However, there’s another way to look at it: apps from companies that are big enough to have some kind of leverage. Amazon Prime Video offers in-app purchases and rentals, for instance, and doesn’t have to fork over the normally requisite fees to Apple.
Schiller notes that one of the ways Hey can fix the situation is by offering different tiers, one paid and one free:
One way that Hay could have gone, Schiller says, is to offer a free or paid version of the app with basic email reading features on the App Store then separately offered an upgraded email service that worked with the Hey app on iOS on its own website. Schiller gives one more example: an RSS app that reads any feed, but also reads an upgraded feed that could be charged for on a separate site. In both cases, the apps would have functionality when downloaded on the store.
Things get interesting in the copy of the letter that Apple sent to Basecamp, which Schiller provided to TechCrunch. Here’s the interesting portion:
Thank you for being an iOS app developer. We understand that Basecamp has developed a number of apps and many subsequent versions for the App Store for many years, and that the App Store has distributed millions of these apps to iOS users. These apps do not offer in-app purchase — and, consequently, have not contributed any revenue to the App Store over the last eight years. We are happy to continue to support you in your app business and offer you the solutions to provide your services for free — so long as you follow and respect the same App Store Review Guidelines and terms that all developers must follow.
Apple goes out of its way to say that Basecamp’s other apps that are available in the App Store are free, and, as a result, “don’t contribute” any revenue to the App Store “over the last eight years”. The whole statement feels like Apple is trying to strong-arming Basecamp, basically waving the fact that they are nice enough to allow their other free apps to be available in the App Store. Now that Basecamp has a subscription-based app available, well, Apple wants a cut and maybe Basecamp should feel obligated to do so because Apple’s been so nice up to this point.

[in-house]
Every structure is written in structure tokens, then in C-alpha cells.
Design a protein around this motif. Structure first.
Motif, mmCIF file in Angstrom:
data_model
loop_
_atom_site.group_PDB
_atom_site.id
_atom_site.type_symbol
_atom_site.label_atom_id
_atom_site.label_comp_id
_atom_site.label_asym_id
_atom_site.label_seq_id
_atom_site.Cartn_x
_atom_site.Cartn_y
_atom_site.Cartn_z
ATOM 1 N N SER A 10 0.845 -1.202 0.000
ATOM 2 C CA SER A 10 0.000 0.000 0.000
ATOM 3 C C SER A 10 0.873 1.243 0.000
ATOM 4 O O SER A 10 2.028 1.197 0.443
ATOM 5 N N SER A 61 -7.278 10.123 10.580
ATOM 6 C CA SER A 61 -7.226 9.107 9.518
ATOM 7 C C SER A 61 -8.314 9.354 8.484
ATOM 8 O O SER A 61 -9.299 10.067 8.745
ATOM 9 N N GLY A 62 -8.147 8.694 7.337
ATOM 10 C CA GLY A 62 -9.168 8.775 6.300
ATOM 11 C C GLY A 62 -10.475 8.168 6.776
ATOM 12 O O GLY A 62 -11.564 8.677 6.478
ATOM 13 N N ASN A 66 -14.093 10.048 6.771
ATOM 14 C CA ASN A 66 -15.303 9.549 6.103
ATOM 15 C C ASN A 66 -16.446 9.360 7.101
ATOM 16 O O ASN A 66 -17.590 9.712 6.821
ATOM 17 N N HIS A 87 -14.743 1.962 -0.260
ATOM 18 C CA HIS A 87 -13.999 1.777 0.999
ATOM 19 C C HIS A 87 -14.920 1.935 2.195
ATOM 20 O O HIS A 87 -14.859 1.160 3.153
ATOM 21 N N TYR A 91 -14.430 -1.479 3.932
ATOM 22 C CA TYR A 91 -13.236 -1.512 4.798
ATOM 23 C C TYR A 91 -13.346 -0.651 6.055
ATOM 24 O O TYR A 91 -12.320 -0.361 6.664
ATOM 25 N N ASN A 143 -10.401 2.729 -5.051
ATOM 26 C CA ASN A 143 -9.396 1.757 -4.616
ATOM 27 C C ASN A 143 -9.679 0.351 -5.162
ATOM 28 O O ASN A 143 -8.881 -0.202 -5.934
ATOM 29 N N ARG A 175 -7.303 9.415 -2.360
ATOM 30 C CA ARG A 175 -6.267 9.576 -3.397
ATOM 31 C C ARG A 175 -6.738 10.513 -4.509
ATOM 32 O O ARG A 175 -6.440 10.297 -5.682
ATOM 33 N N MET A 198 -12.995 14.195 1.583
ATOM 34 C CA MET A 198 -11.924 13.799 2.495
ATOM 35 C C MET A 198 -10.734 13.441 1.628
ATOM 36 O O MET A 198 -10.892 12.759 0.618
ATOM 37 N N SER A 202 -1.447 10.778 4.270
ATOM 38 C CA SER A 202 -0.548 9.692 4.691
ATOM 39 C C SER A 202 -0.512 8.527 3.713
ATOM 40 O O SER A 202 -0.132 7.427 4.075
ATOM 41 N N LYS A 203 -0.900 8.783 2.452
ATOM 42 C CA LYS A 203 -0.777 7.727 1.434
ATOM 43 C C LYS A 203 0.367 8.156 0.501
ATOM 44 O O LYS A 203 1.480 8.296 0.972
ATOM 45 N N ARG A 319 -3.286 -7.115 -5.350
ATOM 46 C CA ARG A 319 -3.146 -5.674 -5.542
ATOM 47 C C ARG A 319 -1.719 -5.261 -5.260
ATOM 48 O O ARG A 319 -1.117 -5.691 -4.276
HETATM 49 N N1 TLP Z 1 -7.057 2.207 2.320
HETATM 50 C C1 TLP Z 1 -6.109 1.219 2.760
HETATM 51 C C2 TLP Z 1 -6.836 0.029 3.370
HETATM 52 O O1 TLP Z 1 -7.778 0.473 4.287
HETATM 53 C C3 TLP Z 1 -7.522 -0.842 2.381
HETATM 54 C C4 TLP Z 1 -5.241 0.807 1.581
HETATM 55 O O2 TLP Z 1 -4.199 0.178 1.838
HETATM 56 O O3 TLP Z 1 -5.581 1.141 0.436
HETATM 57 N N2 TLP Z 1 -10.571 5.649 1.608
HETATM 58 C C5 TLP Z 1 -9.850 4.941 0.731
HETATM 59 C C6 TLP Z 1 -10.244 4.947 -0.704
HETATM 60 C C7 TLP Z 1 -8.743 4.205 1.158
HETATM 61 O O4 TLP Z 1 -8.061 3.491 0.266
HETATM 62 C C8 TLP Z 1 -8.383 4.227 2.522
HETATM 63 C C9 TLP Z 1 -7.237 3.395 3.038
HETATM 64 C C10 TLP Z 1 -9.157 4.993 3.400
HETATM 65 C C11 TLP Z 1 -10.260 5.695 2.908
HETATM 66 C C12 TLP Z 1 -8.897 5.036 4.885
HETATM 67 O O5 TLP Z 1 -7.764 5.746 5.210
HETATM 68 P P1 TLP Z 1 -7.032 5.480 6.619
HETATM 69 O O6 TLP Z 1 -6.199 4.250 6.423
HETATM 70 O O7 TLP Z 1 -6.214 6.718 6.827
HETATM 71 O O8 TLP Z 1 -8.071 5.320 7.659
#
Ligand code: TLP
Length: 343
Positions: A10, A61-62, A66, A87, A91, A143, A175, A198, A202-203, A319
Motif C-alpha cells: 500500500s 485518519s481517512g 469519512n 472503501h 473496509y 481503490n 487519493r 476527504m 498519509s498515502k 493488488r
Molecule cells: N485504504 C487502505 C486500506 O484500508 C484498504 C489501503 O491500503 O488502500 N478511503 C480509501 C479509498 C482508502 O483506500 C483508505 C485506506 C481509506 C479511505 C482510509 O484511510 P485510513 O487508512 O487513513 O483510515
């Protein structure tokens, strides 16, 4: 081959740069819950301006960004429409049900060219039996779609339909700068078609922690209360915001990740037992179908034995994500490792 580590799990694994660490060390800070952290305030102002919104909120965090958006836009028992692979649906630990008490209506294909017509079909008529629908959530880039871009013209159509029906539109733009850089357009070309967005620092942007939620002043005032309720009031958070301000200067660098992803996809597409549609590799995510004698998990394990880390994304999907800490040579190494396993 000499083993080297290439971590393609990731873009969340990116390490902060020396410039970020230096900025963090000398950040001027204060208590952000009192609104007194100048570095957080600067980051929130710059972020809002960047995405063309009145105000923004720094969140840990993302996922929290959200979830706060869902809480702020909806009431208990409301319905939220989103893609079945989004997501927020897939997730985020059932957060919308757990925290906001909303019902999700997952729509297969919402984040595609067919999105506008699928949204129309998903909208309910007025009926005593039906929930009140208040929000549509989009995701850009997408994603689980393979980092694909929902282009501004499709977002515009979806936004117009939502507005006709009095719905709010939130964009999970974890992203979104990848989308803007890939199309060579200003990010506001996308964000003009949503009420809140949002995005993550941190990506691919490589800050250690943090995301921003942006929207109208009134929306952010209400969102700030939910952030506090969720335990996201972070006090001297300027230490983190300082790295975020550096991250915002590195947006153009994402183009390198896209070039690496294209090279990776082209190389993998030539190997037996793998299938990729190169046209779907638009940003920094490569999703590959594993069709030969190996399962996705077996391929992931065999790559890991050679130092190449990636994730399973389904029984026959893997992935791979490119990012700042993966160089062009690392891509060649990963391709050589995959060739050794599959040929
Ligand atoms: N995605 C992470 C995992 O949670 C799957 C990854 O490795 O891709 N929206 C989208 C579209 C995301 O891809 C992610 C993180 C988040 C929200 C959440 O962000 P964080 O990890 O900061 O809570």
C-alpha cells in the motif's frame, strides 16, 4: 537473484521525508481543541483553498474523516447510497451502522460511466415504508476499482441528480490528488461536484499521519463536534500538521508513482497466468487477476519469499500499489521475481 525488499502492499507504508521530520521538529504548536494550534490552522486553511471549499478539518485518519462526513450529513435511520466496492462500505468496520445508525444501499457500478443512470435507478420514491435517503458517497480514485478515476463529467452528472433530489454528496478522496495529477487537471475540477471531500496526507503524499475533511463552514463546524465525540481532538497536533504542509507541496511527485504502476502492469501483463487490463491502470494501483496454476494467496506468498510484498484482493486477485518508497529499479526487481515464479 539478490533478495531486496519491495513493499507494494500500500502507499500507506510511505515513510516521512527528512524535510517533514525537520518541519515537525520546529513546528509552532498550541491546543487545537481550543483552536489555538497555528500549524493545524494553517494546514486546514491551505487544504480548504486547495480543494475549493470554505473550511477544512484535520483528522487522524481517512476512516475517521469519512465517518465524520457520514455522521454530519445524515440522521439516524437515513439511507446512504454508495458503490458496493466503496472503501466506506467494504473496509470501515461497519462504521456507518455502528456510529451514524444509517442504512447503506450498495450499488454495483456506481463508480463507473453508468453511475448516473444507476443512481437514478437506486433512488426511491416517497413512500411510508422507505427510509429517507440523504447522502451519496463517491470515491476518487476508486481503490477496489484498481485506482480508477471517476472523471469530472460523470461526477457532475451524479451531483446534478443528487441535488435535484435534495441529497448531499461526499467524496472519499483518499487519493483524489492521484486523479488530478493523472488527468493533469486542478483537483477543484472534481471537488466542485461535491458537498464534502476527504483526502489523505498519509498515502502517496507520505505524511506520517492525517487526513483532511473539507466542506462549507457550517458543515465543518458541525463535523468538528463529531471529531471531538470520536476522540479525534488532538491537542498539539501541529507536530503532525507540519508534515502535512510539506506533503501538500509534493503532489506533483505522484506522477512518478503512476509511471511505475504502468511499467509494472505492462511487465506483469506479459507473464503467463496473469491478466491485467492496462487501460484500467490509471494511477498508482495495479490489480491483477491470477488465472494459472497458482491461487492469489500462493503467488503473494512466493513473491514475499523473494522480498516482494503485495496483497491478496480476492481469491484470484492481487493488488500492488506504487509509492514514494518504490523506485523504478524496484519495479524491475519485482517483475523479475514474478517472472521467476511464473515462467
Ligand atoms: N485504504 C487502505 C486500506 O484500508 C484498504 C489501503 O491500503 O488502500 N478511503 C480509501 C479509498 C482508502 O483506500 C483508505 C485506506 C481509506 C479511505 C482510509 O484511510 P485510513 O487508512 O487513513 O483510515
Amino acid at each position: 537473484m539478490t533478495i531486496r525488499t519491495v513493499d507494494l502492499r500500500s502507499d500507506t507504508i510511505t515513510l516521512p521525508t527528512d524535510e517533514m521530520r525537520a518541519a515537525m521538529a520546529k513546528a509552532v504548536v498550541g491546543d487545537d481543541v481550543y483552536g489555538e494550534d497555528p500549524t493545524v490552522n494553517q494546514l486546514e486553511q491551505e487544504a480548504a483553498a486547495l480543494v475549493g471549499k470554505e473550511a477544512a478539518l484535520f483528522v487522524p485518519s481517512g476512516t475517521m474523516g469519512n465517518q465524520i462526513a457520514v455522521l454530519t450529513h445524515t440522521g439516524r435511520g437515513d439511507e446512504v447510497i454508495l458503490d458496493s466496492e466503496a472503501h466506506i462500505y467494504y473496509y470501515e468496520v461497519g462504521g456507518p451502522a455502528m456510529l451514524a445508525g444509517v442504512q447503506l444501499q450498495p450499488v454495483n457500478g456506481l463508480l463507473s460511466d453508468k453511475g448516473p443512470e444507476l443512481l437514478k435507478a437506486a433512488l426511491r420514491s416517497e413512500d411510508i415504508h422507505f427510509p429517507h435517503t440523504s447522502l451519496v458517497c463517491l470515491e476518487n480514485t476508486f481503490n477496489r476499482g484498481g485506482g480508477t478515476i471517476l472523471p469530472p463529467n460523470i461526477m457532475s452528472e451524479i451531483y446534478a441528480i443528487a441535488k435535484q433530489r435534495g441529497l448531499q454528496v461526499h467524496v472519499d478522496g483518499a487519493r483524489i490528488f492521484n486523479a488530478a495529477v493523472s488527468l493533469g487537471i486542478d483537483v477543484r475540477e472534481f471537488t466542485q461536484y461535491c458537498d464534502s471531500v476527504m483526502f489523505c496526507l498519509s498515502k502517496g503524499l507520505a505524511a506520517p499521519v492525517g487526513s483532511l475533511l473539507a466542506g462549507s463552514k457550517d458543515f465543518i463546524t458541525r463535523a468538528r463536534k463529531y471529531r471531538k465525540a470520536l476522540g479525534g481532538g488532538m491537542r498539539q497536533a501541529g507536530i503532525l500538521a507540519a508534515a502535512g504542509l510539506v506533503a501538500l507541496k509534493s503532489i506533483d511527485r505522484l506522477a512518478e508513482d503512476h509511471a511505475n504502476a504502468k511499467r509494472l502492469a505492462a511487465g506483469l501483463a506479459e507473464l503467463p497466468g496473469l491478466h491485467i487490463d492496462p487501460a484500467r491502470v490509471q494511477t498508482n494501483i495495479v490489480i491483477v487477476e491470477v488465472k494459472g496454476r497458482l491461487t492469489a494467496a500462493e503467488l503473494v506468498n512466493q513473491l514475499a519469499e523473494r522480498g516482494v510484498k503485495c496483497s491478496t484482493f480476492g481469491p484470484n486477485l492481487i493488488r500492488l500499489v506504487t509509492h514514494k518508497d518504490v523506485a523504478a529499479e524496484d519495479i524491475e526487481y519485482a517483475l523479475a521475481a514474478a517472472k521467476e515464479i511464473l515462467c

Basecamp does not have a plan to back down from its own position: where it doesn’t fork over 30% of its revenue to Apple just because Apple demands it. And Schiller has now made it a point to say that it isn’t backing down, either. The trouble is Apple holds all the cards, and if Basecamp wants to keep Hey available for iOS users it will have to follow Apple’s cues here.
And let’s be clear here, this is not just Basecamp raising concerns over antitrust issues with Apple and the App Store. We most recently reported that both Epic Games and Match Group (owners of dating apps like Tinder and Hinge) are raising concerns over Apple’s practices. And we can’t forget that Spotify has been one of the most vocal opponents to Apple’s fees to date.
But Apple is not a stranger to any of this, and it has stayed firm on the subject since day one. And now Schiller is basically saying that Apple won’t be changing anything related to its fees anytime soon, if ever.
So, how do you feel about all of this? Is Apple in the right? Or does the company need to change its ways?